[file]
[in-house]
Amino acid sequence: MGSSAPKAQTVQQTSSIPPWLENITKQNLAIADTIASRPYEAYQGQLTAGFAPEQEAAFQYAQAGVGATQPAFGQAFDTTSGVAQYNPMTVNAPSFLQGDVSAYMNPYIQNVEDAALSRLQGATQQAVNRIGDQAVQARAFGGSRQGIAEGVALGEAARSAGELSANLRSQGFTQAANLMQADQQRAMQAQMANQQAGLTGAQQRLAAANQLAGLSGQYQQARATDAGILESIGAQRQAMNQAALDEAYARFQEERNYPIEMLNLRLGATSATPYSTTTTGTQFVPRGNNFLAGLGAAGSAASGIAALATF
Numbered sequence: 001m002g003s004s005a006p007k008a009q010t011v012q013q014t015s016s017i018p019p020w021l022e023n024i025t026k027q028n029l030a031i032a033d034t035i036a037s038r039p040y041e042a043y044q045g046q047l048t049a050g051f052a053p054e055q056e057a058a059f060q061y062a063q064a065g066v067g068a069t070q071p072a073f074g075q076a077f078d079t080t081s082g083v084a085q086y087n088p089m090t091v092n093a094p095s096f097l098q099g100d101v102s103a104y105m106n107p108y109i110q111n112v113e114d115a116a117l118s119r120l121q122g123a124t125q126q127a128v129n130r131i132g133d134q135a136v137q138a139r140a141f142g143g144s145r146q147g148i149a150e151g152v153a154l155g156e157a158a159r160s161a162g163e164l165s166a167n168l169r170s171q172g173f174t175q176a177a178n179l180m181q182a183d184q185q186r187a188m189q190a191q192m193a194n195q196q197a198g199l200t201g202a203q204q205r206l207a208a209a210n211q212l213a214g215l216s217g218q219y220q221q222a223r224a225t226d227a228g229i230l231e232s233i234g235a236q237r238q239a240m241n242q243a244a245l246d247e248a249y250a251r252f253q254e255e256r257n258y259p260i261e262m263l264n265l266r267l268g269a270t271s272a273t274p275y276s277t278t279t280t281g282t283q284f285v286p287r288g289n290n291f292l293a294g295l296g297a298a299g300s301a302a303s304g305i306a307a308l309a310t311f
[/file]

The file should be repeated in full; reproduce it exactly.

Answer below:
[in-house]
Amino acid sequence: MGSSAPKAQTVQQTSSIPPWLENITKQNLAIADTIASRPYEAYQGQLTAGFAPEQEAAFQYAQAGVGATQPAFGQAFDTTSGVAQYNPMTVNAPSFLQGDVSAYMNPYIQNVEDAALSRLQGATQQAVNRIGDQAVQARAFGGSRQGIAEGVALGEAARSAGELSANLRSQGFTQAANLMQADQQRAMQAQMANQQAGLTGAQQRLAAANQLAGLSGQYQQARATDAGILESIGAQRQAMNQAALDEAYARFQEERNYPIEMLNLRLGATSATPYSTTTTGTQFVPRGNNFLAGLGAAGSAASGIAALATF
Numbered sequence: 001m002g003s004s005a006p007k008a009q010t011v012q013q014t015s016s017i018p019p020w021l022e023n024i025t026k027q028n029l030a031i032a033d034t035i036a037s038r039p040y041e042a043y044q045g046q047l048t049a050g051f052a053p054e055q056e057a058a059f060q061y062a063q064a065g066v067g068a069t070q071p072a073f074g075q076a077f078d079t080t081s082g083v084a085q086y087n088p089m090t091v092n093a094p095s096f097l098q099g100d101v102s103a104y105m106n107p108y109i110q111n112v113e114d115a116a117l118s119r120l121q122g123a124t125q126q127a128v129n130r131i132g133d134q135a136v137q138a139r140a141f142g143g144s145r146q147g148i149a150e151g152v153a154l155g156e157a158a159r160s161a162g163e164l165s166a167n168l169r170s171q172g173f174t175q176a177a178n179l180m181q182a183d184q185q186r187a188m189q190a191q192m193a194n195q196q197a198g199l200t201g202a203q204q205r206l207a208a209a210n211q212l213a214g215l216s217g218q219y220q221q222a223r224a225t226d227a228g229i230l231e232s233i234g235a236q237r238q239a240m241n242q243a244a245l246d247e248a249y250a251r252f253q254e255e256r257n258y259p260i261e262m263l264n265l266r267l268g269a270t271s272a273t274p275y276s277t278t279t280t281g282t283q284f285v286p287r288g289n290n291f292l293a294g295l296g297a298a299g300s301a302a303s304g305i306a307a308l309a310t311f